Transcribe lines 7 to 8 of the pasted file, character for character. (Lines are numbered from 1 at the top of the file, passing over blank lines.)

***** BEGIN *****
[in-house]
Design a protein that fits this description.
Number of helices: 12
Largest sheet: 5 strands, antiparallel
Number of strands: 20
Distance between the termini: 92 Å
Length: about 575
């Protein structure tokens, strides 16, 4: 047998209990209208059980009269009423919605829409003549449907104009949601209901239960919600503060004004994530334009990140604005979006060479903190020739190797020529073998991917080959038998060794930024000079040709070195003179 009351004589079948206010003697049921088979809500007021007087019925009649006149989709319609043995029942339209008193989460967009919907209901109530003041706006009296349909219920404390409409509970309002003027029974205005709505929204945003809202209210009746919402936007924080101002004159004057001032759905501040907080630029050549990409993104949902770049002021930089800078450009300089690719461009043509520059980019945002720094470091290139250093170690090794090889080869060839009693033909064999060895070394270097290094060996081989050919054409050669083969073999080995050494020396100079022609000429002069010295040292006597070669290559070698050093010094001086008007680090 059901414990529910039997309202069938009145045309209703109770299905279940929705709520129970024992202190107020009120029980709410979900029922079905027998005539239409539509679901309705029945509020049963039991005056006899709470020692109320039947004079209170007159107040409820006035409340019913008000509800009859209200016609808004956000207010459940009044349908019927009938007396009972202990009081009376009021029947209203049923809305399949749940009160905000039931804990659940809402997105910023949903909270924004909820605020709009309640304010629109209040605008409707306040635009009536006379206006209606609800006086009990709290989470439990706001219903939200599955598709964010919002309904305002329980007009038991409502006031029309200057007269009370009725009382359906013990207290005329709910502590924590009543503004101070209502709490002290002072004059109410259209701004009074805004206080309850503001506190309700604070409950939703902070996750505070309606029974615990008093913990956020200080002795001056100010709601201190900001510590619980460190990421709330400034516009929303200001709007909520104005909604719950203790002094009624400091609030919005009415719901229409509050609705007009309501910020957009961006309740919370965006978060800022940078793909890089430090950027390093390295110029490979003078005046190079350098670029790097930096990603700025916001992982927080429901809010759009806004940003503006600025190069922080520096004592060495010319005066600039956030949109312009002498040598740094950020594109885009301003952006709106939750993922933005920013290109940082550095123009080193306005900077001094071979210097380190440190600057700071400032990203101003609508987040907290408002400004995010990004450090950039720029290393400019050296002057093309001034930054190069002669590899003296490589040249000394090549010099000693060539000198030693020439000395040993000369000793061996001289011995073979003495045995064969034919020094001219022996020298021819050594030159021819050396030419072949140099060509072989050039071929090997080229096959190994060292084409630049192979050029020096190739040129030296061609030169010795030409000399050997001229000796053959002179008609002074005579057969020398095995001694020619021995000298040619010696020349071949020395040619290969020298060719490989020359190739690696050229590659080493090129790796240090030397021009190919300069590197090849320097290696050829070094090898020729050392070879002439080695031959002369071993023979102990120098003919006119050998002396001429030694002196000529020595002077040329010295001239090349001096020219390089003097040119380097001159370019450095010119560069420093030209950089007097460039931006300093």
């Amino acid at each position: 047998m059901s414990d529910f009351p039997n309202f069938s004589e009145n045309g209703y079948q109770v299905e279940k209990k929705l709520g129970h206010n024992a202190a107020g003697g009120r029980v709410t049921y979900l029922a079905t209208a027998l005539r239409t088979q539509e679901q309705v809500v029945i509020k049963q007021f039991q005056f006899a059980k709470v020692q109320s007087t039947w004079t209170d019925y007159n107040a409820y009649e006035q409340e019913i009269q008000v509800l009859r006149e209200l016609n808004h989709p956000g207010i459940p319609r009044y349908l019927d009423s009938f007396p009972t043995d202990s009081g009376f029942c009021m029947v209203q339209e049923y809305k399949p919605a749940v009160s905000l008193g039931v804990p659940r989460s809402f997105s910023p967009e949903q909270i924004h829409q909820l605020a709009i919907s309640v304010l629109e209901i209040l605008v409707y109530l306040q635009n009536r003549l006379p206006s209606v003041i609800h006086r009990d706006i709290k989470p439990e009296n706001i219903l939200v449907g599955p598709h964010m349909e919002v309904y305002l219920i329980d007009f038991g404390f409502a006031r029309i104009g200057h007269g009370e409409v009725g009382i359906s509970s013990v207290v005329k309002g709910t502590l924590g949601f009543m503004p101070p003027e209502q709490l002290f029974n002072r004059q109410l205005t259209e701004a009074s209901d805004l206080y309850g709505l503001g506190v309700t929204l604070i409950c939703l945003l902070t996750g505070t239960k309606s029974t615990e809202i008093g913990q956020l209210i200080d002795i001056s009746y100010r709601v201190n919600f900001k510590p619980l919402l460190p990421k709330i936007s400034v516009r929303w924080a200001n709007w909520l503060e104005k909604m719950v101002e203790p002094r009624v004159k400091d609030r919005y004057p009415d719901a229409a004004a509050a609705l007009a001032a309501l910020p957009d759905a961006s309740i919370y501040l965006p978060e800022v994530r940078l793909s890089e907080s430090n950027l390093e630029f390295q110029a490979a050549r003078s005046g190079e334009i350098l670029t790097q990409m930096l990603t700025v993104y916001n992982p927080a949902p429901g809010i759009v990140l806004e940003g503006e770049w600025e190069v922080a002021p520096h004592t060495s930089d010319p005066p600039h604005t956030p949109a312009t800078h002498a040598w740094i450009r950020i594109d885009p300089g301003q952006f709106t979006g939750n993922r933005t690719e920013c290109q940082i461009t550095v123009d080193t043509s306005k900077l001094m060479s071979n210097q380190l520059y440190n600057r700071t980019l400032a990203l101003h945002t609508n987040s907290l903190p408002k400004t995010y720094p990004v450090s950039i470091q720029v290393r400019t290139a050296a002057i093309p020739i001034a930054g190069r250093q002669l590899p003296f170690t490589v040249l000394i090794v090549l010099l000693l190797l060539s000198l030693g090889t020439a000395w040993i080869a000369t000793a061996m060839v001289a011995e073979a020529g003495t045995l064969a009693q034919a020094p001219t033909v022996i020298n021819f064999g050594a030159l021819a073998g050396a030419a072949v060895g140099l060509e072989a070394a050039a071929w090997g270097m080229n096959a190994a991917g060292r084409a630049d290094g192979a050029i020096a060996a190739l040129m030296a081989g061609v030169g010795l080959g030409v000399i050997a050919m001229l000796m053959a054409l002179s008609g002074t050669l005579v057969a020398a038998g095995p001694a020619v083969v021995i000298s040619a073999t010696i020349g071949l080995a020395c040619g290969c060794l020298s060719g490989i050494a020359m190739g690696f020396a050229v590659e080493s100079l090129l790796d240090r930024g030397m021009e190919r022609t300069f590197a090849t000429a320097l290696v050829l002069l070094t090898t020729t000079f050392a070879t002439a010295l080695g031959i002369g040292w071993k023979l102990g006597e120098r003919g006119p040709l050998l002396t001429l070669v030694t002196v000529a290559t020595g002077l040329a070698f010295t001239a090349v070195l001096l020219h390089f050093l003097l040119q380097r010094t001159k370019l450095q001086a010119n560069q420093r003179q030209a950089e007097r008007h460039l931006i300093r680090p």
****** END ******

Length: about 575
């Protein structure tokens, strides 16, 4: 047998209990209208059980009269009423919605829409003549449907104009949601209901239960919600503060004004994530334009990140604005979006060479903190020739190797020529073998991917080959038998060794930024000079040709070195003179 009351004589079948206010003697049921088979809500007021007087019925009649006149989709319609043995029942339209008193989460967009919907209901109530003041706006009296349909219920404390409409509970309002003027029974205005709505929204945003809202209210009746919402936007924080101002004159004057001032759905501040907080630029050549990409993104949902770049002021930089800078450009300089690719461009043509520059980019945002720094470091290139250093170690090794090889080869060839009693033909064999060895070394270097290094060996081989050919054409050669083969073999080995050494020396100079022609000429002069010295040292006597070669290559070698050093010094001086008007680090 059901414990529910039997309202069938009145045309209703109770299905279940929705709520129970024992202190107020009120029980709410979900029922079905027998005539239409539509679901309705029945509020049963039991005056006899709470020692109320039947004079209170007159107040409820006035409340019913008000509800009859209200016609808004956000207010459940009044349908019927009938007396009972202990009081009376009021029947209203049923809305399949749940009160905000039931804990659940809402997105910023949903909270924004909820605020709009309640304010629109209040605008409707306040635009009536006379206006209606609800006086009990709290989470439990706001219903939200599955598709964010919002309904305002329980007009038991409502006031029309200057007269009370009725009382359906013990207290005329709910502590924590009543503004101070209502709490002290002072004059109410259209701004009074805004206080309850503001506190309700604070409950939703902070996750505070309606029974615990008093913990956020200080002795001056100010709601201190900001510590619980460190990421709330400034516009929303200001709007909520104005909604719950203790002094009624400091609030919005009415719901229409509050609705007009309501910020957009961006309740919370965006978060800022940078793909890089430090950027390093390295110029490979003078005046190079350098670029790097930096990603700025916001992982927080429901809010759009806004940003503006600025190069922080520096004592060495010319005066600039956030949109312009002498040598740094950020594109885009301003952006709106939750993922933005920013290109940082550095123009080193306005900077001094071979210097380190440190600057700071400032990203101003609508987040907290408002400004995010990004450090950039720029290393400019050296002057093309001034930054190069002669590899003296490589040249000394090549010099000693060539000198030693020439000395040993000369000793061996001289011995073979003495045995064969034919020094001219022996020298021819050594030159021819050396030419072949140099060509072989050039071929090997080229096959190994060292084409630049192979050029020096190739040129030296061609030169010795030409000399050997001229000796053959002179008609002074005579057969020398095995001694020619021995000298040619010696020349071949020395040619290969020298060719490989020359190739690696050229590659080493090129790796240090030397021009190919300069590197090849320097290696050829070094090898020729050392070879002439080695031959002369071993023979102990120098003919006119050998002396001429030694002196000529020595002077040329010295001239090349001096020219390089003097040119380097001159370019450095010119560069420093030209950089007097460039931006300093």